By Linda Breggin and D. Bruce Myers Jr.
The last century marked a sea change in the way agricultural operations are conducted. This “industrialization” of agriculture has significantly increased efficiency and yields, but it also has generated — as an unintended byproduct — pollution. The pollution resulting from commodity crop operations can have harmful effects locally and downstream. Typically, when the production of a good generates adverse environmental effects, the firm that profits from the activity is required to minimize the impacts. This is rarely the case in the agriculture sector, which is exempt from key provisions of the federal environmental laws. As a result, the harms are externalized and the public bears the pollution costs. The federal taxpayer also supports the agricultural sector through myriad farm subsidy programs. Large-scale farms — those with annual sales of $500,000 or more — represented six percent of U.S. farms in 2009 but received more than half of government commodity payments. These subsidy recipients typically are not required as a condition of receiving payments to implement measures that will protect the environment from pollution generated by on-farm activities. The authors present two recommendations for reform, neither of which would require additional federal subsidy payments. First, large-scale commodity crop operations that opt to receive any form of federal farm subsidy should assume responsibility for implementing a set of baseline stewardship measures to reduce nutrient pollution. Second, these same farms should report on the quantity, type, and timing of fertilizers they apply.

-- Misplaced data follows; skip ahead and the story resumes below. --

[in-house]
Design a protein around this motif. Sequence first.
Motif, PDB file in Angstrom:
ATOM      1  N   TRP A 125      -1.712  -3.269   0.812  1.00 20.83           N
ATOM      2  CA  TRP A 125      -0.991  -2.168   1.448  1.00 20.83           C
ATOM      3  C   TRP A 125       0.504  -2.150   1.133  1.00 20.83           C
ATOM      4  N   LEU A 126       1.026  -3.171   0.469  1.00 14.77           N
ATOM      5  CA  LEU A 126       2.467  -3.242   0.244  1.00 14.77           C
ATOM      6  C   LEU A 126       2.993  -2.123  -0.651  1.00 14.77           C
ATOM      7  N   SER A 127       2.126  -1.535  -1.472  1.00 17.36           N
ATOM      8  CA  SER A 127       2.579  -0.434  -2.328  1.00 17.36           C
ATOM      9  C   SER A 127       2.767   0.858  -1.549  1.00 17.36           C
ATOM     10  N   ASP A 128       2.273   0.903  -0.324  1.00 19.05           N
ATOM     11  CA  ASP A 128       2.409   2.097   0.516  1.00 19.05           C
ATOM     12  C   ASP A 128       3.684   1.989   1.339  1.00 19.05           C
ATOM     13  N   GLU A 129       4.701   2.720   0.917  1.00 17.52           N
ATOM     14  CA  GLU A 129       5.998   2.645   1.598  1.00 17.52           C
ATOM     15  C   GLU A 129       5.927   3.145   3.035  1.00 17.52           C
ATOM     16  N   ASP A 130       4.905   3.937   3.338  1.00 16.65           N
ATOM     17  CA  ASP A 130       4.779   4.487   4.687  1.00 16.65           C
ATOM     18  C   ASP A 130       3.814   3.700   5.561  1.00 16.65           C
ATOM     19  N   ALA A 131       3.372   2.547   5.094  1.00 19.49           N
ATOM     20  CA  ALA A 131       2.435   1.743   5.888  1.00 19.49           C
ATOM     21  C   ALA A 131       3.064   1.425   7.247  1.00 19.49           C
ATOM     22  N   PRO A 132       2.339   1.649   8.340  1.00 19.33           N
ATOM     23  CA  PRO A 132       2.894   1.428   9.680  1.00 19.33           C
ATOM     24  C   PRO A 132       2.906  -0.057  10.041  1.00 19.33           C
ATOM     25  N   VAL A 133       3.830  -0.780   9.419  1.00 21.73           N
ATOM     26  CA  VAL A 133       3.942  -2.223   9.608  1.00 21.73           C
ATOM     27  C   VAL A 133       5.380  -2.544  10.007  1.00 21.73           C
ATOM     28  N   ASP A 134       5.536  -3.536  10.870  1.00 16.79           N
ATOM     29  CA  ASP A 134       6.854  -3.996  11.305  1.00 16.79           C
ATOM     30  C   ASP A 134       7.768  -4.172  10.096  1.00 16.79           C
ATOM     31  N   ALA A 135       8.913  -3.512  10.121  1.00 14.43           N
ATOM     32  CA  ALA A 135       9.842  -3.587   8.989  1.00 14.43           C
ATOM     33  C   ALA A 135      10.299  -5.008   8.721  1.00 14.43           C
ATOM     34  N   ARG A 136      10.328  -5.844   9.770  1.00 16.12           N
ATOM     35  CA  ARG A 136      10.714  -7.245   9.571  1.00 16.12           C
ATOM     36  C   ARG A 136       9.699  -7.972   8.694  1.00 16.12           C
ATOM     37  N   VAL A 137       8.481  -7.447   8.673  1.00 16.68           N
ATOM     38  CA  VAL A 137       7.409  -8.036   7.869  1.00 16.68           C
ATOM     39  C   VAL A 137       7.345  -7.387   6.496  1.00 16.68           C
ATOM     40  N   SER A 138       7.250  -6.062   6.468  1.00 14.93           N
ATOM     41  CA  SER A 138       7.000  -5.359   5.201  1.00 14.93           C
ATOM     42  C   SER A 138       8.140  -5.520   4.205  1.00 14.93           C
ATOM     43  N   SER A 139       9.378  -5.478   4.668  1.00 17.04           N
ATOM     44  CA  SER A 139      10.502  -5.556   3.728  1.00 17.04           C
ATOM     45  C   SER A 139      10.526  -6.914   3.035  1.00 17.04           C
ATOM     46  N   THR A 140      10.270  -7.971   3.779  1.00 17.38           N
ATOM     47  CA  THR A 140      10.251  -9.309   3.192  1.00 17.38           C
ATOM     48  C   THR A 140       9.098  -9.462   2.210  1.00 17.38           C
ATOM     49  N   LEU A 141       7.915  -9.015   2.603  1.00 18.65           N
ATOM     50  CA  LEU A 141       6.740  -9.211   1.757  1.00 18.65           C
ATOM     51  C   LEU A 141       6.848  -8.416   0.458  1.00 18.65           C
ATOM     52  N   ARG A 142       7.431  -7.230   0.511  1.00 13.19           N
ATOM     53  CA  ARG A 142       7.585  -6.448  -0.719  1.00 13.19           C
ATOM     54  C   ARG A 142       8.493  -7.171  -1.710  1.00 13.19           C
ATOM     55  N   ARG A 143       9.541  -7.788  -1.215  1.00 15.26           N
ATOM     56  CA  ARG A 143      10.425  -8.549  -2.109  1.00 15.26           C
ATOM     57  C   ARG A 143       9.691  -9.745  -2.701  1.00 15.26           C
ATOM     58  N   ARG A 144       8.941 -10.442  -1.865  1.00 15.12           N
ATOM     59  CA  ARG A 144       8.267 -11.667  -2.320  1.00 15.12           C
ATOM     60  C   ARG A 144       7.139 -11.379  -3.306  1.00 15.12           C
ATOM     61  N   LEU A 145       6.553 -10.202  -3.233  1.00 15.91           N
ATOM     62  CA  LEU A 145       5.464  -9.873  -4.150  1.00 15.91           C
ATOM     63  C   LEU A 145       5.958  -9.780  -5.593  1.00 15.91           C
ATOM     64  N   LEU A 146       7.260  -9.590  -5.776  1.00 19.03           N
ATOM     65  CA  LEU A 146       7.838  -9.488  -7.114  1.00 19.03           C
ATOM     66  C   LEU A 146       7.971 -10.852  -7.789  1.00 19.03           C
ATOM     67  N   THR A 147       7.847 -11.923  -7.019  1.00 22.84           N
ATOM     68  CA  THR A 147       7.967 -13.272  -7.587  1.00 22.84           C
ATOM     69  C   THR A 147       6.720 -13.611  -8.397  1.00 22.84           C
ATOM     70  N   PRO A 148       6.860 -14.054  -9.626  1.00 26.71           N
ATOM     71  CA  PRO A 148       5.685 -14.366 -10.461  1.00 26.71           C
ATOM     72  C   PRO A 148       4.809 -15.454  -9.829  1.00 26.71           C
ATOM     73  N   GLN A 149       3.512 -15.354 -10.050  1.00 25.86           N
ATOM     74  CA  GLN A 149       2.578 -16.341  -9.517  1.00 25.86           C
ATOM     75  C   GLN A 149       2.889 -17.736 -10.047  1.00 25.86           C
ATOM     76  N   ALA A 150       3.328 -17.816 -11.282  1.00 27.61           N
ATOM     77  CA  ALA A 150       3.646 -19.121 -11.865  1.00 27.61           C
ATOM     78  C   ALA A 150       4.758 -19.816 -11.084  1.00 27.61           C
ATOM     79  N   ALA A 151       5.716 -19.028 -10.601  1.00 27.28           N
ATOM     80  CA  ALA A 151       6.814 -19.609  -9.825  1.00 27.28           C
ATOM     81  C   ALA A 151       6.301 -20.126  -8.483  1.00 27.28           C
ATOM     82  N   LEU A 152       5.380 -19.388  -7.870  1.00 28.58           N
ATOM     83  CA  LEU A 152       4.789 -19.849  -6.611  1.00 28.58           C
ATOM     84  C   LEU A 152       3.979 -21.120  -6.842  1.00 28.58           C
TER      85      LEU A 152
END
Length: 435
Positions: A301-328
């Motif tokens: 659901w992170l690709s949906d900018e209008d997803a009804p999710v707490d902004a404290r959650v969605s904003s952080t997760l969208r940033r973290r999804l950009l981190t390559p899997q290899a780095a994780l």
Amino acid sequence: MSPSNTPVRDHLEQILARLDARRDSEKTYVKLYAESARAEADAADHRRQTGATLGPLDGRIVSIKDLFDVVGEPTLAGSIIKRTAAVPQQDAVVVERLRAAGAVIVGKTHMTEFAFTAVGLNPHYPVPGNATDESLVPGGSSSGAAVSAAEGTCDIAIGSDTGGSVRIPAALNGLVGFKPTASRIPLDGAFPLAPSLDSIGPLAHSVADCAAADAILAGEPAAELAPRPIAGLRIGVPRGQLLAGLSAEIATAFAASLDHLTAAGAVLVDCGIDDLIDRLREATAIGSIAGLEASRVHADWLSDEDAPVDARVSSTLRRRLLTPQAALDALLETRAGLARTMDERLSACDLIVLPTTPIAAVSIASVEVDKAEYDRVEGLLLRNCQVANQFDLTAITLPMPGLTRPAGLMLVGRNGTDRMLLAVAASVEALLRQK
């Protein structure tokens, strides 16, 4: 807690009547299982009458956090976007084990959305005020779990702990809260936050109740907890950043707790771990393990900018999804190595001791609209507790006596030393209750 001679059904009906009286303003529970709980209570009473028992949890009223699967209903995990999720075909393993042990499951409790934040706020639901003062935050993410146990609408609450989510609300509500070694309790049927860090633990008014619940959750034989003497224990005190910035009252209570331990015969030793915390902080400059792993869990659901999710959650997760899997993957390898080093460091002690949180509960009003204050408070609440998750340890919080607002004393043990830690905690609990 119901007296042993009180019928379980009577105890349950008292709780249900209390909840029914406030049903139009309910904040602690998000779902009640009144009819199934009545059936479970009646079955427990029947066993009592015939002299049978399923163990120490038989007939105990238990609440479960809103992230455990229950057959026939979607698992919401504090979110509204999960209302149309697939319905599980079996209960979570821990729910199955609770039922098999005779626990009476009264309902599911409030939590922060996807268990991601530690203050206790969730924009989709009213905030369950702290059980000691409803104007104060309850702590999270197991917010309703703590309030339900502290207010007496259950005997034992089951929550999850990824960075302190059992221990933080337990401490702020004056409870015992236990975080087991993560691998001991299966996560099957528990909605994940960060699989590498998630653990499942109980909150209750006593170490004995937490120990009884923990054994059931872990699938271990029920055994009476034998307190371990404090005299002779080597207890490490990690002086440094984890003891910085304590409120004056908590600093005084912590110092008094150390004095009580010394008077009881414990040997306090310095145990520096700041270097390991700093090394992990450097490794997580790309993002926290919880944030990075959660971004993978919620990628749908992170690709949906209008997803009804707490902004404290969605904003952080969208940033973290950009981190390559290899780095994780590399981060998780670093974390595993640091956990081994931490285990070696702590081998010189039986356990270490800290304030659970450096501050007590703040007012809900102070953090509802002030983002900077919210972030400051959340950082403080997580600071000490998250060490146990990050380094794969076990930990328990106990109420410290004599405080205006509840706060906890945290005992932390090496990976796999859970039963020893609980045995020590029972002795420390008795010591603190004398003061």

Cite as: Linda Breggin and D. Bruce Myers Jr., Subsidies with Responsibilities: Placing Stewardship and Disclosure Conditions on Government Payments to Large Scale Commodity Crop Operations, 37 Harv. Envtl. L. Rev. 487 (2013).